• Allan J. Mucerino

DOES MONEY MATTER?

Updated: Jul 21, 2018

Transforming Teaching and Schools through Resource Optimization in PK-12 Education is among my favorite courses. Maybe even my favorite. I am working with a cohort of education leaders who I’ve already worked with twice during their first year in the program. This is their last course. All but the dissertation remains for these doctoral students.

The theme for the course is a simple question: Does Money Matter? I ask the question on the first day and I’ll ask it on the last. Turns out it depends on how you measure it. Or maybe even your politics.

Writing for the Thomas B. Fordham Institute, Michael J. Petrilli and Marguerite Roza argue that it doesn’t much matter. Jackson, Johnson, & Persico (2015) on the other hand, were very careful in their in-depth study to highlight that while money does matter, how it is spent is what really matters. As a superintendent who has not only studied this argument through an academic lens, but has also lived it, I agree with Jackson, Johnson, & Persico. Money only matters if it is spent wisely. If not, it doesn’t matter.


I am of the opinion that teachers would not be underpaid relative to other professionals if not for the waste in education spending. As a result of this waste, teachers have had to fight and be combative to get respect and compensation equal to the work they do. Most teachers I know well fully support ending last hired-first fired practices, removing class-size mandates, eliminating mandatory salary schedules, eliminating state mandates regarding work rules and terms of employment, removing “seat time” requirements, creating a rigorous teacher-evaluation system, pooling health-care benefits, tackling the fiscal viability of teacher pensions, moving toward weighted student funding, eliminating excess spending on small schools and small districts, allocating spending for learning-disabled students as a percent of population, etc…if they felt that they could trust the institution - and the children it was responsible to serve - that they committed their life’s work to supporting.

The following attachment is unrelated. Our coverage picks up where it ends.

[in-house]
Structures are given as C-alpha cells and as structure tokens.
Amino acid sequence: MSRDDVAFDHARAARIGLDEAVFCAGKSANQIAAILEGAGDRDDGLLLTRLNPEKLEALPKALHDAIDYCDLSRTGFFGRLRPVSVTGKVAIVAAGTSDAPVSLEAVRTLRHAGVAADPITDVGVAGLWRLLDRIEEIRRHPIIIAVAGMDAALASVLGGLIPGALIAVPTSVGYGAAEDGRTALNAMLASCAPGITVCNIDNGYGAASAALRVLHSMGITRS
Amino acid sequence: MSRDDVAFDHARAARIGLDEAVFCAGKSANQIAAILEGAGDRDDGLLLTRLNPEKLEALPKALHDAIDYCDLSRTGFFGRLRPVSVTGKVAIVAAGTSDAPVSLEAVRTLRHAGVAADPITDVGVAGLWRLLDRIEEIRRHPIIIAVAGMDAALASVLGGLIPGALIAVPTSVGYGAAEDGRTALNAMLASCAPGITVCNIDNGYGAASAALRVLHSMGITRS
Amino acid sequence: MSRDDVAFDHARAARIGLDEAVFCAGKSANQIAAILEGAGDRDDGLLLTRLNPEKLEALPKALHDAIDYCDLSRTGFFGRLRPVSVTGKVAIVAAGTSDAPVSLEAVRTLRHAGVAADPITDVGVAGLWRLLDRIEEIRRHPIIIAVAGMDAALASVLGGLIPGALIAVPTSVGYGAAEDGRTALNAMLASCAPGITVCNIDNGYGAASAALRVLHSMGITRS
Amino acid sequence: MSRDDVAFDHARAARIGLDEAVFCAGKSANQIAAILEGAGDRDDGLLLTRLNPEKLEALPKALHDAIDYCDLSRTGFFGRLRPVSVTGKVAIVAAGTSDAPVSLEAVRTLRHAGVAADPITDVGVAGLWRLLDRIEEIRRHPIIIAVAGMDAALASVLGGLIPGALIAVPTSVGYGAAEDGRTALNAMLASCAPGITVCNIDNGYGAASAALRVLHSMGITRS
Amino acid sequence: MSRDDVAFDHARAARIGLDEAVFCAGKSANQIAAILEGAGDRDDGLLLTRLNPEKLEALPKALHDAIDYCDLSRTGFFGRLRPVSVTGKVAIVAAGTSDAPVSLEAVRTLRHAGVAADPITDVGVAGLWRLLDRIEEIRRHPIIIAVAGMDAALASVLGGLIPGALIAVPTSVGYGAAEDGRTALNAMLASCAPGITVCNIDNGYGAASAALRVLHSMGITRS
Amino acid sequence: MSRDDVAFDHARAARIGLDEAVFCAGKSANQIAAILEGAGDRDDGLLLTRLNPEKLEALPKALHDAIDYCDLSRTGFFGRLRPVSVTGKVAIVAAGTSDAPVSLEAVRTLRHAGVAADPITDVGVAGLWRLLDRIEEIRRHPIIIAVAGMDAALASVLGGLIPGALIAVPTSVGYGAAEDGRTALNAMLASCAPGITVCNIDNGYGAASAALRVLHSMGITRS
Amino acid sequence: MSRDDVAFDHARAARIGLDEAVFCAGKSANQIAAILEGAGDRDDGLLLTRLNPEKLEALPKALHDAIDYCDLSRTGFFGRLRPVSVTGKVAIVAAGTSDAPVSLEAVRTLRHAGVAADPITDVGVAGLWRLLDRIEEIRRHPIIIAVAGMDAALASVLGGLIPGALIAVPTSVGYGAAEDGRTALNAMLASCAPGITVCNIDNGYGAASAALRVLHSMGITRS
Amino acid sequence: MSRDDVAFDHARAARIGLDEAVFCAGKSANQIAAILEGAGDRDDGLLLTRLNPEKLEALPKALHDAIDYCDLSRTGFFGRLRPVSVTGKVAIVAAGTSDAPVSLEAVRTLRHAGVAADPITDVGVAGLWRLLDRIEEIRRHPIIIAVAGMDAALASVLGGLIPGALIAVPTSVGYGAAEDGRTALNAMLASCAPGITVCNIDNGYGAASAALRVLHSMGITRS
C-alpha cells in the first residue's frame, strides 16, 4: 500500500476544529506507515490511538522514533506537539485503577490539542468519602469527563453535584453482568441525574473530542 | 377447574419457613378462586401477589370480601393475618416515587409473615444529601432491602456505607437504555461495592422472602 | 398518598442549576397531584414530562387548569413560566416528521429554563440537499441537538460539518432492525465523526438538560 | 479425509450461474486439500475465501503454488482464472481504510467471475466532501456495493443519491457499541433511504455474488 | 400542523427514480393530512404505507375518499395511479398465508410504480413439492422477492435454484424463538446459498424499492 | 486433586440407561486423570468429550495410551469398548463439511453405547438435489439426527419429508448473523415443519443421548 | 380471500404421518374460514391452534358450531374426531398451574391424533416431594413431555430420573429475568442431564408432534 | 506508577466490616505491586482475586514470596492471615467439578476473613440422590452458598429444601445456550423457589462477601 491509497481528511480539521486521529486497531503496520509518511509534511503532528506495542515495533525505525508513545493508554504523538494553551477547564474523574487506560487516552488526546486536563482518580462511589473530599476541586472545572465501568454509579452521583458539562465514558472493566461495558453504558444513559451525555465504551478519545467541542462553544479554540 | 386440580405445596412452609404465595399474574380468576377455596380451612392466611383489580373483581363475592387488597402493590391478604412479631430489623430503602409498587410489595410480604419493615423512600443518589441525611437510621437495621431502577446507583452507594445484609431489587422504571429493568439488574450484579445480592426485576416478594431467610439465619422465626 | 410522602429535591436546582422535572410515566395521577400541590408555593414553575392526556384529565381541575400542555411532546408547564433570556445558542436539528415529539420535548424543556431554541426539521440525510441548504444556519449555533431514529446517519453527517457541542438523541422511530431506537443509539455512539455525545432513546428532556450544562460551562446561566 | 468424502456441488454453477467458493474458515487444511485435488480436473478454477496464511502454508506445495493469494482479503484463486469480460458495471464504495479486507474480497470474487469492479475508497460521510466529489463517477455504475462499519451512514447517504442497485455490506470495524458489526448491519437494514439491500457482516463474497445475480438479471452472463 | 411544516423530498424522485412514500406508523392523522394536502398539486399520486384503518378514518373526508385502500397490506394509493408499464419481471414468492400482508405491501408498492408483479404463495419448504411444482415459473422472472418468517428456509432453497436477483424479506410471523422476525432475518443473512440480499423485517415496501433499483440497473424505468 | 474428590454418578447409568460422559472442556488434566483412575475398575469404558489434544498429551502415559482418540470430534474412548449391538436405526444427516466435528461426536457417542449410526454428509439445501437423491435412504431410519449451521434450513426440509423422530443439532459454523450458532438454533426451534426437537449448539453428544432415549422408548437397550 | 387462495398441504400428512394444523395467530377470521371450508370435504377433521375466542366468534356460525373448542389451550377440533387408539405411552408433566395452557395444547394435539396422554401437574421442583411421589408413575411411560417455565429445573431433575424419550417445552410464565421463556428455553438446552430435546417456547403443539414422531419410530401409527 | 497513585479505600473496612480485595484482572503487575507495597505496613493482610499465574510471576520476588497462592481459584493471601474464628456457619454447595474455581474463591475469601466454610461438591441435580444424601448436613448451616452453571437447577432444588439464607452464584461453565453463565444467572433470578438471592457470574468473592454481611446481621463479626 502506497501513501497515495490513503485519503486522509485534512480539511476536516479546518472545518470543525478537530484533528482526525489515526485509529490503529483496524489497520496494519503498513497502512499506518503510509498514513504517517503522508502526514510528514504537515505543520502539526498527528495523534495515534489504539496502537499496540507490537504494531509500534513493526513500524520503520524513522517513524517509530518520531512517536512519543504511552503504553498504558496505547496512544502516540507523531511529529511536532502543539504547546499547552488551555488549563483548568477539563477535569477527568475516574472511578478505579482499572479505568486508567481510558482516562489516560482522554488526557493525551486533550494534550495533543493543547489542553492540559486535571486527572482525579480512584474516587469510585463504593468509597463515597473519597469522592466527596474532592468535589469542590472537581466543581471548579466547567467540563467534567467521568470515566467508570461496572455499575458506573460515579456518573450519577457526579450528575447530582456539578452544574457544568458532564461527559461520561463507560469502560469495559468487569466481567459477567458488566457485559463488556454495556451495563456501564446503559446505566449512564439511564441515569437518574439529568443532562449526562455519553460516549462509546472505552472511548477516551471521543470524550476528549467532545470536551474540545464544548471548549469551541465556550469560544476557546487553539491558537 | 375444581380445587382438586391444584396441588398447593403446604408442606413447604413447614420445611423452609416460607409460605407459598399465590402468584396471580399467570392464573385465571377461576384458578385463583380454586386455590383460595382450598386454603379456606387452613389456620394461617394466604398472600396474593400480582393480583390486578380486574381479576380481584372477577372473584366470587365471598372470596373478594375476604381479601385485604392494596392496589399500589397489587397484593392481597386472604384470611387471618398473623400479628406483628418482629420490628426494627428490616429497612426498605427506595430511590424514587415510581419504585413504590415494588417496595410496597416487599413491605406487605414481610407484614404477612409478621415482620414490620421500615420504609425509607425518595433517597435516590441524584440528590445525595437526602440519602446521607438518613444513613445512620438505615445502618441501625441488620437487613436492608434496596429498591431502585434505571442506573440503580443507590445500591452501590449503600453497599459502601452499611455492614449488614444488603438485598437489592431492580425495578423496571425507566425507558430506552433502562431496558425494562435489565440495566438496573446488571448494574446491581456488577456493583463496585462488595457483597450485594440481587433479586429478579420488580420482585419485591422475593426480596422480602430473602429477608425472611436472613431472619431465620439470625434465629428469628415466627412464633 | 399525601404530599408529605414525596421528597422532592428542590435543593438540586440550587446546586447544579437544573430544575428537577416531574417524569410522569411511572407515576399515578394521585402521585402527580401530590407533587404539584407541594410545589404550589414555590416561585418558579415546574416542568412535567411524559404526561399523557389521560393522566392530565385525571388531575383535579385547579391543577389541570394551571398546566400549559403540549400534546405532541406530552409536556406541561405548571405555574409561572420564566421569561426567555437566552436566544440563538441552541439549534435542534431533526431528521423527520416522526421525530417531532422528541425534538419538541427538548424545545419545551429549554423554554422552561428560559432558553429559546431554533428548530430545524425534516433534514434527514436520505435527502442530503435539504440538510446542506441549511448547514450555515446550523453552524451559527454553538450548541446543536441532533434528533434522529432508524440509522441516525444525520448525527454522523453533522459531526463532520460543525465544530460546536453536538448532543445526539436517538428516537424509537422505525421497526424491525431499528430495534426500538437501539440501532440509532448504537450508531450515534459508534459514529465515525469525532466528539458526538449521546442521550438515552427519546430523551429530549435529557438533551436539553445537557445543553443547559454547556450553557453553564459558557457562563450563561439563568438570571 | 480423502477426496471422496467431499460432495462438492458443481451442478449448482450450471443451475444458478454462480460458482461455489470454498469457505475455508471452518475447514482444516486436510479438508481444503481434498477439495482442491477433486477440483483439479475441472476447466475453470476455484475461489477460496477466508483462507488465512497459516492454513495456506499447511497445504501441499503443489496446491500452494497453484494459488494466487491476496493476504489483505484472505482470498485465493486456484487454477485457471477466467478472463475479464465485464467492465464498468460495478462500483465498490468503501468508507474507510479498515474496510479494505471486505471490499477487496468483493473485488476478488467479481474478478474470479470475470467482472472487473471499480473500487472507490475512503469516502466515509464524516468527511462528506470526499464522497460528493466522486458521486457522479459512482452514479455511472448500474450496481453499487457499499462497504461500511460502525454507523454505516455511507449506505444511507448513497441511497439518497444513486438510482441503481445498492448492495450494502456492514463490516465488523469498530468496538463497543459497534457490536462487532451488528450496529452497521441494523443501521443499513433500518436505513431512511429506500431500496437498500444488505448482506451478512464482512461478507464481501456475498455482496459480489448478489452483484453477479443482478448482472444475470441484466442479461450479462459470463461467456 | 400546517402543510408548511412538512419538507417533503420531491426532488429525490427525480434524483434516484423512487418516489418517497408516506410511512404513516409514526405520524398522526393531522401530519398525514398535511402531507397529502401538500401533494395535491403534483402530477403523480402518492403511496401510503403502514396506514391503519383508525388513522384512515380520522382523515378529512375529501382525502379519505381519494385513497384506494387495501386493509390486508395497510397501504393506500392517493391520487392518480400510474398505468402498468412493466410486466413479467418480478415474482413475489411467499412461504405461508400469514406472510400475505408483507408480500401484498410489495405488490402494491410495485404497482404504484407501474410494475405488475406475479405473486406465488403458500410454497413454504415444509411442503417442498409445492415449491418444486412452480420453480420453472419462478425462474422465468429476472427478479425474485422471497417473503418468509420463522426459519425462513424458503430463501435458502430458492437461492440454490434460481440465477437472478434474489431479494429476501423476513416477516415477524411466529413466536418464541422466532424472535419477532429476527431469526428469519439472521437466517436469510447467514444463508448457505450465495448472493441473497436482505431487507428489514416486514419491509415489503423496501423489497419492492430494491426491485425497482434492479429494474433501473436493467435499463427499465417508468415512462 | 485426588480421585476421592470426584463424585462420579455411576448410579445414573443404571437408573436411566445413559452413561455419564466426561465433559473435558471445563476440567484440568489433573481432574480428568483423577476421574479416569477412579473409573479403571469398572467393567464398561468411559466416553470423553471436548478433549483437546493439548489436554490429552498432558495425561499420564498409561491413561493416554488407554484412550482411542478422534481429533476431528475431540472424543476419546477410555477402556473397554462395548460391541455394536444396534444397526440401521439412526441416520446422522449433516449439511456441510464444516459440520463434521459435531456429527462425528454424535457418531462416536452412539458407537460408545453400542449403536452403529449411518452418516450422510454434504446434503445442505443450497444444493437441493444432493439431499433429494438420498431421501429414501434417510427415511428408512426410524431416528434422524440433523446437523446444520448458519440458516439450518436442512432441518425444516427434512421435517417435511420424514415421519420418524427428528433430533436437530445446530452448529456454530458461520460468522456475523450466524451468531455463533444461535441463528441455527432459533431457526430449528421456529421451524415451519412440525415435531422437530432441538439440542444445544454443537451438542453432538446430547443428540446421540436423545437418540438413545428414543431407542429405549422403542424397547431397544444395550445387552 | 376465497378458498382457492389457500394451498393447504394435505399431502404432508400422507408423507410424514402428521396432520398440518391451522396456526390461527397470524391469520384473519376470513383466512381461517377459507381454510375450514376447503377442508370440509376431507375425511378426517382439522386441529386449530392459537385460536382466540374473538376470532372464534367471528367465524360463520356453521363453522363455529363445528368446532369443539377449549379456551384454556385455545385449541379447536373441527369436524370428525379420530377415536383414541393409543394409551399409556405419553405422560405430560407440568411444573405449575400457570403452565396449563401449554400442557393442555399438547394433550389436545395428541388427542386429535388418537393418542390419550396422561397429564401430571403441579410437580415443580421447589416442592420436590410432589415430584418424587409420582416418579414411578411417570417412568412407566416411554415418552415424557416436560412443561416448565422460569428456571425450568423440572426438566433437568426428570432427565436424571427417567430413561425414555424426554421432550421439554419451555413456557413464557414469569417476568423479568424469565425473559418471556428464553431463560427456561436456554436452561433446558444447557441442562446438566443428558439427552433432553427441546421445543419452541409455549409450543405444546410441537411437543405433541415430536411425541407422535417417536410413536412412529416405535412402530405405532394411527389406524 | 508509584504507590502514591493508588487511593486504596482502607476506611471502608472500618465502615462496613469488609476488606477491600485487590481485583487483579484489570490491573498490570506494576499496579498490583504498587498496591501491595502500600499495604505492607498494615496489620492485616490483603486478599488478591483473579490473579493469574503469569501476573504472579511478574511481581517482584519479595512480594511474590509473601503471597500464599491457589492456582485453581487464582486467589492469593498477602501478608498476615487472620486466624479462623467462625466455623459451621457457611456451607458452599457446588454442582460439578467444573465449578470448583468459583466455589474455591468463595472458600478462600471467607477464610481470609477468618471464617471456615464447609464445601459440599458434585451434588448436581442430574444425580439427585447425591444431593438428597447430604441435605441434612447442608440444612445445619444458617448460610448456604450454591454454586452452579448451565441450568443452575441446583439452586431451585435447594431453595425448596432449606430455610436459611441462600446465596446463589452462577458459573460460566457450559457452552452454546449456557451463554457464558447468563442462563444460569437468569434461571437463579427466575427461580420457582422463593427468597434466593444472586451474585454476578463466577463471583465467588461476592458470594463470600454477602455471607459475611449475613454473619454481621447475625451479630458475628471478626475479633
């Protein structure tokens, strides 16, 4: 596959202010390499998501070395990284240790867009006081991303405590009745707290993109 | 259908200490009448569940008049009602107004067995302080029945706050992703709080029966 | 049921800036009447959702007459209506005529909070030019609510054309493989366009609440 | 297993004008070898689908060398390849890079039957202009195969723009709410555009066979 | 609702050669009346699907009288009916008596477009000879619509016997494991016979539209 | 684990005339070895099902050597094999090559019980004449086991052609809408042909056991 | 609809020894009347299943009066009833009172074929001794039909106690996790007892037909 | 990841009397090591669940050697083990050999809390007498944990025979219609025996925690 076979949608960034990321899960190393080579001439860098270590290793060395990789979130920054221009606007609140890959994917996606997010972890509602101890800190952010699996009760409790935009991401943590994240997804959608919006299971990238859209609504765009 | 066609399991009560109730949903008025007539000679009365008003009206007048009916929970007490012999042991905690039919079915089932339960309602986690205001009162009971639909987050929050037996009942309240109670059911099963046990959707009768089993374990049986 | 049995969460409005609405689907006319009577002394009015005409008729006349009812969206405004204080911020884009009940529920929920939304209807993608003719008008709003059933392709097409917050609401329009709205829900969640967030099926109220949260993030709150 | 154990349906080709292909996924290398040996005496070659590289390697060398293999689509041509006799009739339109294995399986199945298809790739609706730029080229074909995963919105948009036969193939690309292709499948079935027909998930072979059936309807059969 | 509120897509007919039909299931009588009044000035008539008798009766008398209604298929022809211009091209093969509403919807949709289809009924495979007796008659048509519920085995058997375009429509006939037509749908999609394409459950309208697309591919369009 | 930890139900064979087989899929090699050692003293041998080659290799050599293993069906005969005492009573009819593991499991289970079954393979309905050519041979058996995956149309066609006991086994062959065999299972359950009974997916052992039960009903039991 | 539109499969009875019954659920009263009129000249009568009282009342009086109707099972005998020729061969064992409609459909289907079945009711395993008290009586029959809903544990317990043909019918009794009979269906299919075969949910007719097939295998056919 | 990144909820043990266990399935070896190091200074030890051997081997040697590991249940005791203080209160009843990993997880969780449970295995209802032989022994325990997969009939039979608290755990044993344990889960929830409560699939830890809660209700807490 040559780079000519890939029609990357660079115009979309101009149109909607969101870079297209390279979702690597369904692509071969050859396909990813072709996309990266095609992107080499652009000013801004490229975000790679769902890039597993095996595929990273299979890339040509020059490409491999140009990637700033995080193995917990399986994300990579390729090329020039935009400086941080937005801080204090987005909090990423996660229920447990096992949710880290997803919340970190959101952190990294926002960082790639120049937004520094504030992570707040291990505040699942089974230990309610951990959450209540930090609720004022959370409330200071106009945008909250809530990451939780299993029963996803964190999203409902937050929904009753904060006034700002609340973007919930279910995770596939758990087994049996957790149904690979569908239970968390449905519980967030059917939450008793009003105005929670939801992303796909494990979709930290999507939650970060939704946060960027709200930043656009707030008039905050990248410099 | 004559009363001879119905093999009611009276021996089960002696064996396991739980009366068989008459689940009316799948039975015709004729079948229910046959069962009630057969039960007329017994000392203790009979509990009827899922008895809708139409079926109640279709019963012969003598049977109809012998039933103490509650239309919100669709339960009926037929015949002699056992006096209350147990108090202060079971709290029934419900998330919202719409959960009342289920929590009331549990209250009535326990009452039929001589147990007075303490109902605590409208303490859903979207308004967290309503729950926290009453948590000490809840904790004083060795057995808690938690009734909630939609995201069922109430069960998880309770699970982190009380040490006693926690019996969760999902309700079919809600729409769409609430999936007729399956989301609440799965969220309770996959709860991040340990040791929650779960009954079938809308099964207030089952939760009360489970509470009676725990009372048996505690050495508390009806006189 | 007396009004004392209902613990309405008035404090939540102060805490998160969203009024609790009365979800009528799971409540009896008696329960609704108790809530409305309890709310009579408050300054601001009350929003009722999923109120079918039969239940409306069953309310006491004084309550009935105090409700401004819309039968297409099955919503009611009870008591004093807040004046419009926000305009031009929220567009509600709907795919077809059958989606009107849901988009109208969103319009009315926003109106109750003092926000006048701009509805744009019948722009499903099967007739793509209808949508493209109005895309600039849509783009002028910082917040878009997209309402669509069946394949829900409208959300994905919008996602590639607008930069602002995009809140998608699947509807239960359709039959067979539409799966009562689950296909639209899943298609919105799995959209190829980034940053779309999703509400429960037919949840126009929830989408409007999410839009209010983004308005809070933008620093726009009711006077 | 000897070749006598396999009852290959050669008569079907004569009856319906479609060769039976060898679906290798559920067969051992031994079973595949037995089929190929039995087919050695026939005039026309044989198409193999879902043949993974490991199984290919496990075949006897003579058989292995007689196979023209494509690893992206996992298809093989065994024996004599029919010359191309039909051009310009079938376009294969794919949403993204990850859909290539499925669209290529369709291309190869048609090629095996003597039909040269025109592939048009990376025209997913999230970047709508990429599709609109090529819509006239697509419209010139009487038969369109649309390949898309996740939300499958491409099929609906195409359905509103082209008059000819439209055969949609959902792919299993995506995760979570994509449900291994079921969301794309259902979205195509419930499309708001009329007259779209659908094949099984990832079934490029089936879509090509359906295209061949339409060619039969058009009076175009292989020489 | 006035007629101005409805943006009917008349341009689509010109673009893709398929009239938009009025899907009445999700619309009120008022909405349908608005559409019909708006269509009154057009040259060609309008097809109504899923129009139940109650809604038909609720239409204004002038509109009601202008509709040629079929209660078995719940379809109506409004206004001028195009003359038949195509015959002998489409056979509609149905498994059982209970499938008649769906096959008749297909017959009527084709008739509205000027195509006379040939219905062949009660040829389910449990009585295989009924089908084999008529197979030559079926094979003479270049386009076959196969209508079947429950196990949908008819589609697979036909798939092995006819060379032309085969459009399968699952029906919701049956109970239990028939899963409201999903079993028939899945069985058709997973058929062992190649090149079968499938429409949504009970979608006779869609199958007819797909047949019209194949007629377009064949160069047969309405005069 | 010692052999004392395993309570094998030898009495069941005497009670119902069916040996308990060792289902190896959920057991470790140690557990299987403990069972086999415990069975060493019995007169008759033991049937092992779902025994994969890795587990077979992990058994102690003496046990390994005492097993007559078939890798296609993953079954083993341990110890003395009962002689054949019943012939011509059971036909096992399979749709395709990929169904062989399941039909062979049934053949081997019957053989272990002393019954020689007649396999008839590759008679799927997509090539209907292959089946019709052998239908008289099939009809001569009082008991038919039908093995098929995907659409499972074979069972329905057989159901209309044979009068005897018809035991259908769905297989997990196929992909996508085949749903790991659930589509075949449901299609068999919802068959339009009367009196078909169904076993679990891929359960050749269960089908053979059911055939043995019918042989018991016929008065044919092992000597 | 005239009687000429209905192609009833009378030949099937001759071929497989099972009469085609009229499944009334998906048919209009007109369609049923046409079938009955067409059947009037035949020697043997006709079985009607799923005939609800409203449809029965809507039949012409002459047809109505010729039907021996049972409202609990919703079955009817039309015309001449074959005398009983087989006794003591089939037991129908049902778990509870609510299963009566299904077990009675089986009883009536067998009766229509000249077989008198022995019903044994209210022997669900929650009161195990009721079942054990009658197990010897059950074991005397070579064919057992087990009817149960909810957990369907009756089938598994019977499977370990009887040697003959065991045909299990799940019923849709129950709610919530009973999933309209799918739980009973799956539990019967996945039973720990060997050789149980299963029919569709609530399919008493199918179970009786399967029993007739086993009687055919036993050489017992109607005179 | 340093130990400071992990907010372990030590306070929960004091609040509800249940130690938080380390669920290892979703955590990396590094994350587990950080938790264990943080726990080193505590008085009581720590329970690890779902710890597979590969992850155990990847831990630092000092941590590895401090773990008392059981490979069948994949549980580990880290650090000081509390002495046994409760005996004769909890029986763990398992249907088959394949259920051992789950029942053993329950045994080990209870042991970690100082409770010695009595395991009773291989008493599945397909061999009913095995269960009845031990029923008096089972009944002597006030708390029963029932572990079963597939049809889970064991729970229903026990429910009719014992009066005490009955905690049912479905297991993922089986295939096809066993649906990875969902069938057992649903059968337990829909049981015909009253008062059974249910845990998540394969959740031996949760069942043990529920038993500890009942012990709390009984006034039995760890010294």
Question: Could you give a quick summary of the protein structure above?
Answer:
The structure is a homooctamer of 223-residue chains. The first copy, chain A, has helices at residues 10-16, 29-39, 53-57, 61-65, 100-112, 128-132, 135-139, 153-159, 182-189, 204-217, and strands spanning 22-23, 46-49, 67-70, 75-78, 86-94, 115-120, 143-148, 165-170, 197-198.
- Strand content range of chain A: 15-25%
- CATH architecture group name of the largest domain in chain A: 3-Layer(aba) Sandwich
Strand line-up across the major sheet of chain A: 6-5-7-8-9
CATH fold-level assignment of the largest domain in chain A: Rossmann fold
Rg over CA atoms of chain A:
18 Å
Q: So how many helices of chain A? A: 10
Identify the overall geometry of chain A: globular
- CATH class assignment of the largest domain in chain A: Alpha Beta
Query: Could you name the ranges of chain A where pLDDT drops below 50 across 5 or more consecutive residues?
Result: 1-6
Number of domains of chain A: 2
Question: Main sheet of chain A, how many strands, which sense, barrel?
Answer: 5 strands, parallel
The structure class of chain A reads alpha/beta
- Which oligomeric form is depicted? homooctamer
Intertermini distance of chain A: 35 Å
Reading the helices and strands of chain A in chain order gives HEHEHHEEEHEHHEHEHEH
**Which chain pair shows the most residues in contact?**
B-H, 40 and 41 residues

In addition to the academic research referenced above, we also study the anecdotal research of Johnathon Kozol, the author of Savage Inequalities, who has long proposed a Robin Hood approach with revenue "equitably distributed” to support students less likely to succeed given their birthright. His work is seen through the eyes and hearts of the innocents (children) and doesn’t necessary consider social science research or other academic lenses.


This course is designed to help education leaders ensure that the resources of time, money, staff and programs are allocated and managed to effectively and efficiently support the goals of improved classroom instruction and increased student achievement. Successfully completing this task requires organizations to engage in a diligent budget process characterized by a high degree of deliberation and collaboration between the district leadership team and the building leadership team. The LCAP is designed for this purpose since funding in this equity model is designed to follow the students. Does that happen? Questionable.


The district whose resources of time, money, staff and programs all work together to support the district’s goals to improve classroom instruction and student achievement is a successful district. It starts with governance and the commitment by the school board to actually set goals and align funding to meet those goals. As a practitioner I know this is not easy work. School leaders who are successful succeed despite the fact that the ability to do this work and govern at this level of work is rare. They focus on students and deflect the noise. They are the heroes.


Great school leaders identify their most pressing needs and subsequently align all available people, time and money to purposefully address them. School districts not so much. Why? Politics and personal agendas, most commonly. When a school district (starting with the governance team) empowers its site leaders to pursue their instructional vision even systematic and cultural barriers can be overcome.


Align resources to improve student achievement. You can find it at the intersection of courage and insight. There you will find that visions often become reality. Trust me on this...I've been around for awhile.

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